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Ueno Station

Main building of the station
Location 7 Ueno (JR Station)
3 Higashi-Ueno (Tokyo Metro)
Taitō, Tokyo
Operated by
  • Bus stop
Opened 1883

Ueno Station (上野駅 Ueno-eki) is a major railway station in Tokyo's Taitō ward. It is the station used to reach the Ueno district and Ueno Park -- which contains Tokyo National Museum, The National Museum of Western Art, Ueno Zoo, Tokyo University of the Arts and other famous cultural facilities. A major commuter hub, it is also the traditional terminus for long-distance trains from northern Japan, although with the extension of the Shinkansen lines to Tokyo Station this role has diminished in recent years. A similar extension of conventional lines will extend the Takasaki Line, Utsunomiya Line and Joban Line to Tokyo Station via the Ueno-Tokyo Line from March 2015 on existing little-used tracks and a new viaduct.[1]

Ueno Station is close to Keisei-Ueno Station, the Tokyo terminus of the Keisei Main Line to Narita Airport Station.


  • Lines 1
  • Station layout 2
    • JR East platforms 2.1
    • Tokyo Metro platforms 2.2
  • Adjacent stations 3
  • History 4
  • Passenger statistics 5
  • See also 6
  • References 7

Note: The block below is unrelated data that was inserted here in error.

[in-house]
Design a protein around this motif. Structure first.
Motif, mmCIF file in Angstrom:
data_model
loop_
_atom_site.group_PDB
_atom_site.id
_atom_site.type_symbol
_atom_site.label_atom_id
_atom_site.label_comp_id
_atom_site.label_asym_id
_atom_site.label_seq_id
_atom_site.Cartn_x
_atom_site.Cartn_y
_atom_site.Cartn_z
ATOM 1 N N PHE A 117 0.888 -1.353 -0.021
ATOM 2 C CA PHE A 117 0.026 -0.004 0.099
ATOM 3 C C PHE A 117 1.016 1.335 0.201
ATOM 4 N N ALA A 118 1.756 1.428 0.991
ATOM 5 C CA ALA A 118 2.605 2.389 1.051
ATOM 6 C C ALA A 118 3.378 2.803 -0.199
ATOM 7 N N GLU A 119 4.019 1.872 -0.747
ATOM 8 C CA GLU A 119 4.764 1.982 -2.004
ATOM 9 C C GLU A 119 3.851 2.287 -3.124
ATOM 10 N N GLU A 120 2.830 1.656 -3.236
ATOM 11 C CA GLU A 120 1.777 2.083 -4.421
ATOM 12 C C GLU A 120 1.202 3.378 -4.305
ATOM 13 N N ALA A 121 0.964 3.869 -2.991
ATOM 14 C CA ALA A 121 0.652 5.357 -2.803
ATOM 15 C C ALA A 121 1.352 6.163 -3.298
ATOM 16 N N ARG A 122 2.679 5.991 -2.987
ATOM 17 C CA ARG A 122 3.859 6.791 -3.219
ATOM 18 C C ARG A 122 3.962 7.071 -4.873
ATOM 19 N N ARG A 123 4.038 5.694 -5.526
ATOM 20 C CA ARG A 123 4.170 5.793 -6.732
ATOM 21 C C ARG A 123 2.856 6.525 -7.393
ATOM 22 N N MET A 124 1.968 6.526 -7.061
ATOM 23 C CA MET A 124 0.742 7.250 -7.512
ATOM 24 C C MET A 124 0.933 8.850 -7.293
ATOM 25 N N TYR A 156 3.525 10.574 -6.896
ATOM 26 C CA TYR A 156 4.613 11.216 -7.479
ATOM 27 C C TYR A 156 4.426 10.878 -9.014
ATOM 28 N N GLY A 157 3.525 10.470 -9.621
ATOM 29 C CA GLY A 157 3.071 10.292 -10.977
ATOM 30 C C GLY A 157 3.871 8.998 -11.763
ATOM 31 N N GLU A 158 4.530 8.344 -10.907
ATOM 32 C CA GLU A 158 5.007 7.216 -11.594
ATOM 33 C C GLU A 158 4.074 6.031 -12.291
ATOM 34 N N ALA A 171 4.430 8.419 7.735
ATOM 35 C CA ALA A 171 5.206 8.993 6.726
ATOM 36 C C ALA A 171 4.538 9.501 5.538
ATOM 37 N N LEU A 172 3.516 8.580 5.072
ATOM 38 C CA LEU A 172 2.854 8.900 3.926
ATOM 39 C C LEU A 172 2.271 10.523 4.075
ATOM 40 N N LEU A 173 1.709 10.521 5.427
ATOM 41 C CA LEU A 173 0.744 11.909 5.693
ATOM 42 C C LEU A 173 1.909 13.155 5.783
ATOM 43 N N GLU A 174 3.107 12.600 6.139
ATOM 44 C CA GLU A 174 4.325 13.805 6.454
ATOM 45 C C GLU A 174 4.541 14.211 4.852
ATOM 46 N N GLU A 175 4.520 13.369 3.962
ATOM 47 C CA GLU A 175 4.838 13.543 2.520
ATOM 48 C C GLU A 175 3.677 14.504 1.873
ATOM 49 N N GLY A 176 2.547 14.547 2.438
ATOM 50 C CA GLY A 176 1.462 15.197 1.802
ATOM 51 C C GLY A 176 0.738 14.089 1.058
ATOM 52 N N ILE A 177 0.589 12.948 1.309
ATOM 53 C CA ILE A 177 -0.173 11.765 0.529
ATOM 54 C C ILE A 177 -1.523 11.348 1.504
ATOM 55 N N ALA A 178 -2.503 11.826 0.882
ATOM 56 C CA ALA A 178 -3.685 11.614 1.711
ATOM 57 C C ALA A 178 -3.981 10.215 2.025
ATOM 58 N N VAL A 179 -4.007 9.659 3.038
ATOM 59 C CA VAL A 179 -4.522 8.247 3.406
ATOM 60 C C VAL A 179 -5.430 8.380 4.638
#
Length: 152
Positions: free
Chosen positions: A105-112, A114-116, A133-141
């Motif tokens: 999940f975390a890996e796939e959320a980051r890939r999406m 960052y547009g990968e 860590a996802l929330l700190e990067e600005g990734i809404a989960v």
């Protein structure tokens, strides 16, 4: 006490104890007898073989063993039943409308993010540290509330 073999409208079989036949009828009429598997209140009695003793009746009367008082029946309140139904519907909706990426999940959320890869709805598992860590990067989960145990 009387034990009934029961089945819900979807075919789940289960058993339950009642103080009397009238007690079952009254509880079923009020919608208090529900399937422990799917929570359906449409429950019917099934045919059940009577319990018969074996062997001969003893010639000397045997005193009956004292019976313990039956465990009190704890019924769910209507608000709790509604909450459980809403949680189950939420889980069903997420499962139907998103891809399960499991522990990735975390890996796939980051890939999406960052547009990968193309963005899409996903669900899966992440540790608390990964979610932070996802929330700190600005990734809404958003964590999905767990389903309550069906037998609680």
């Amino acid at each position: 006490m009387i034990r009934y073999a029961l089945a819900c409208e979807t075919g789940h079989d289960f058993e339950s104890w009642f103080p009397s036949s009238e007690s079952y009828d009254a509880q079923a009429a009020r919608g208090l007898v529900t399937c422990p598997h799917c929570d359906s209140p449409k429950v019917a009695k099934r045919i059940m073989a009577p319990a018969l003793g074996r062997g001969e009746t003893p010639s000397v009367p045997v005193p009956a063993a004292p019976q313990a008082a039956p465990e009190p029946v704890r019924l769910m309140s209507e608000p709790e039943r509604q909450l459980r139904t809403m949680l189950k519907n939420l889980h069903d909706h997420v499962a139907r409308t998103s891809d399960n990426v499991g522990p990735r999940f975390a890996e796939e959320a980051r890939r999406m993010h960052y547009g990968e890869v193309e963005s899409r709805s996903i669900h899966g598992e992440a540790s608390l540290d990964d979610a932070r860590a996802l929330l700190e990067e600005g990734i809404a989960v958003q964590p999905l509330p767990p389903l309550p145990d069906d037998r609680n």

• External links 8


This station is served by the following lines:

As this station was the traditional point of arrival and departure for journeys to northern Japan, it became the inspiration for many poems and song lyrics, including a famous tanka by Ishikawa Takuboku. There is a memorial plate about this poem in the station.

Station layout

Main hall
One of the entrances of the station

Like most major stations in Japan, Ueno station contains and is surrounded by extensive shopping arcades. Ueno's includes a branch of the Hard Rock Cafe.

JR East platforms

Platforms 14 and 15
Station layout in 2009 (before removal of track 18)

The station has two main levels of tracks and a deep underground station for the Tōhoku Shinkansen tracks. Through tracks 1 to 4 on two island platforms on the main level are used by Yamanote Line and Keihin-Tōhoku Line trains. Tracks 5 to 9 on two island platforms and one side of a terminal platform lead to the Ueno-Tokyo Line to Tokyo Station and beyond on the Tōkaidō Main Line. Tracks 10 to 12 terminate inside the building, and below these on a lower deck are further terminal tracks 13 to 17 (Track No.18 has been removed). Two subterranean island platforms serve Shinkansen tracks 19 to 22.

1  Keihin-Tohoku Line for Tabata, Akabane, Minami-Urawa, and Ōmiya
2  Yamanote Line for Tabata, Ikebukuro, and Shinjuku
3  Yamanote Line for Tokyo and Shinagawa
4  Keihin-Tohoku Line for Tokyo, Kawasaki, Yokohama, and Ōfuna
5-8  Takasaki Line for Ōmiya, Ageo, Kumagaya, and Takasaki